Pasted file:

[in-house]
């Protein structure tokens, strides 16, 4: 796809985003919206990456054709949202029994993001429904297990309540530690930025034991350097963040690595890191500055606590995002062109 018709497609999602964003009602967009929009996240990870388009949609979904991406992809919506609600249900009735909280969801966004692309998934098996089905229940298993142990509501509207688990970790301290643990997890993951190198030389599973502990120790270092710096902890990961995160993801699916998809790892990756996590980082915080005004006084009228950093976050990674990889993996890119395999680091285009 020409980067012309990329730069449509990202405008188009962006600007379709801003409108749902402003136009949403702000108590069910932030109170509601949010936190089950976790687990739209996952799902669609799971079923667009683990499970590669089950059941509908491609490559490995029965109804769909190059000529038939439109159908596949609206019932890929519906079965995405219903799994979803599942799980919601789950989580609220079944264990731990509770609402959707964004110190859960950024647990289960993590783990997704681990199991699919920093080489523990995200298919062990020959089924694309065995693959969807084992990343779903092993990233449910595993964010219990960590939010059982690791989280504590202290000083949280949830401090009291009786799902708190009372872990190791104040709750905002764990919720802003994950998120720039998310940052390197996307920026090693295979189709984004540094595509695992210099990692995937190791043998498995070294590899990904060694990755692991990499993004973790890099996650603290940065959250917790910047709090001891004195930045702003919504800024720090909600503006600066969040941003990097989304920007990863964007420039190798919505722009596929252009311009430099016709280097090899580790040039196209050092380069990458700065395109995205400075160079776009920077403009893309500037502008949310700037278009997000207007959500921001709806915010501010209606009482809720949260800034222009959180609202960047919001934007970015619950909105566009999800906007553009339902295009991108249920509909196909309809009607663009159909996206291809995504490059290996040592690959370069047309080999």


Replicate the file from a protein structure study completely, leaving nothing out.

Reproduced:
[in-house]
């Protein structure tokens, strides 16, 4: 796809985003919206990456054709949202029994993001429904297990309540530690930025034991350097963040690595890191500055606590995002062109 018709497609999602964003009602967009929009996240990870388009949609979904991406992809919506609600249900009735909280969801966004692309998934098996089905229940298993142990509501509207688990970790301290643990997890993951190198030389599973502990120790270092710096902890990961995160993801699916998809790892990756996590980082915080005004006084009228950093976050990674990889993996890119395999680091285009 020409980067012309990329730069449509990202405008188009962006600007379709801003409108749902402003136009949403702000108590069910932030109170509601949010936190089950976790687990739209996952799902669609799971079923667009683990499970590669089950059941509908491609490559490995029965109804769909190059000529038939439109159908596949609206019932890929519906079965995405219903799994979803599942799980919601789950989580609220079944264990731990509770609402959707964004110190859960950024647990289960993590783990997704681990199991699919920093080489523990995200298919062990020959089924694309065995693959969807084992990343779903092993990233449910595993964010219990960590939010059982690791989280504590202290000083949280949830401090009291009786799902708190009372872990190791104040709750905002764990919720802003994950998120720039998310940052390197996307920026090693295979189709984004540094595509695992210099990692995937190791043998498995070294590899990904060694990755692991990499993004973790890099996650603290940065959250917790910047709090001891004195930045702003919504800024720090909600503006600066969040941003990097989304920007990863964007420039190798919505722009596929252009311009430099016709280097090899580790040039196209050092380069990458700065395109995205400075160079776009920077403009893309500037502008949310700037278009997000207007959500921001709806915010501010209606009482809720949260800034222009959180609202960047919001934007970015619950909105566009999800906007553009339902295009991108249920509909196909309809009607663009159909996206291809995504490059290996040592690959370069047309080999």